6. Brucep days:
You're delusional. You're explanations are delusional. You're relativity illiterate and certifiably blind if you think it's clear to you.
If I agree with the Relativity, I understand it, and if not, I am delusional.
I prefer to be delusional than to be in mistake.

James R says:
Please give an example of one of the laws of nature that this contradicts.
S = d/t, S is speed, d = distance, t = time

How do you calculate S using the concept of spacetime?

7. To whoever wanted to answer:

Why Albert Einstein not received the Nobel Prize for Relativity?

8. Originally Posted by Sibilia

Why Albert Einstein not received the Nobel Prize for Relativity?
This is turning into a full-blown crackpot thread.

9. Originally Posted by Sibilia
If I agree with the Relativity, I understand it, and if not, I am delusional.
I prefer to be delusional than to be in mistake.

S = d/t, S is speed, d = distance, t = time

How do you calculate S using the concept of spacetime?
The very fact you're asking that question suggests you're insufficiently familiar with relativity to be making the assertions about it you are.

The computation of position and motion through space-time is the central principles of general relativity, as they follow from the main mathematical object, the metric. This encodes notions of distance and action, from which dynamics can be extracted. The definition of a line element is $\textrm{d}s^{2} = g_{ab}\textrm{d}x^{a}\textrm{d}x^{b}$ for the metric g in some coordinates $\{x^{a}\}$. The length of some curve C is then computed via integration, $s(C) = \int_{C} \textrm{d}s = \int_{C} \sqrt{g_{ab}\textrm{d}x^{a}\textrm{d}x^{b}}$. We parametrise the curve by the proper time of something moving along the curve via $\mathbf{x}(\tau) \sim x^{a}(\tau)$ to give $s(C) = \int_{0}^{1} \sqrt{g_{ab}\dot{x}^{a}\dot{x}^{b}} d\tau$. An object which is not experiencing an external force will follow a geodesic. The geodesic equation follows from the length expression I've just given via the Euler-Lagrange equations and gives $\ddot{x}^{a} + \Gamma_{bc}^{a}\dot{x}^{b}\dot{x}^{c} = 0$ for $\Gamma_{bc}^{a} = \frac{1}{2}g^{ad}(g_{bd,c} + g_{dc,b} - g_{bc,d})$. This is essentially the generalisation of Newton's 2nd Law $\ddot{x} = F$ (for unit mass). The geodesic equation is 2nd order so it requires a pair of initial conditions, for instance an initial position and an initial velocity but then you just plug them into the equation and solve. This gives you the motion of something moving along a geodesic, ie the position as a function of proper time and thus velocity.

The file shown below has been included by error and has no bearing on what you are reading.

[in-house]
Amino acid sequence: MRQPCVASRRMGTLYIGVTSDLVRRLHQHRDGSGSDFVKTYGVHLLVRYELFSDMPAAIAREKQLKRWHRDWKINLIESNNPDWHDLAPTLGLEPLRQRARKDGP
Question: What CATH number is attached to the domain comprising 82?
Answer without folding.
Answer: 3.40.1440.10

The expression you gave is what you get when you make pretty much every possible simplifying assumption you can possibly do so it isn't surprising it doesn't seem to work properly for more elaborate scenarios. s=d/t is only valid if the speed was constant and in a straight line and you have a universal notion of t, which isn't the case in relativity. You're making the same mistake Motor Daddy and chinglu do, which is to dismiss relativity without having any understanding of how it works and what it's predictions are. Given it's demonstrable success and the complete lack of anything even remotely close to the level of predictive power and verification GR has dismissing it in the manner you are is a tad unwise.

10. Originally Posted by AlphaNumeric
The very fact you're asking that question suggests you're insufficiently familiar with relativity to be making the assertions about it you are.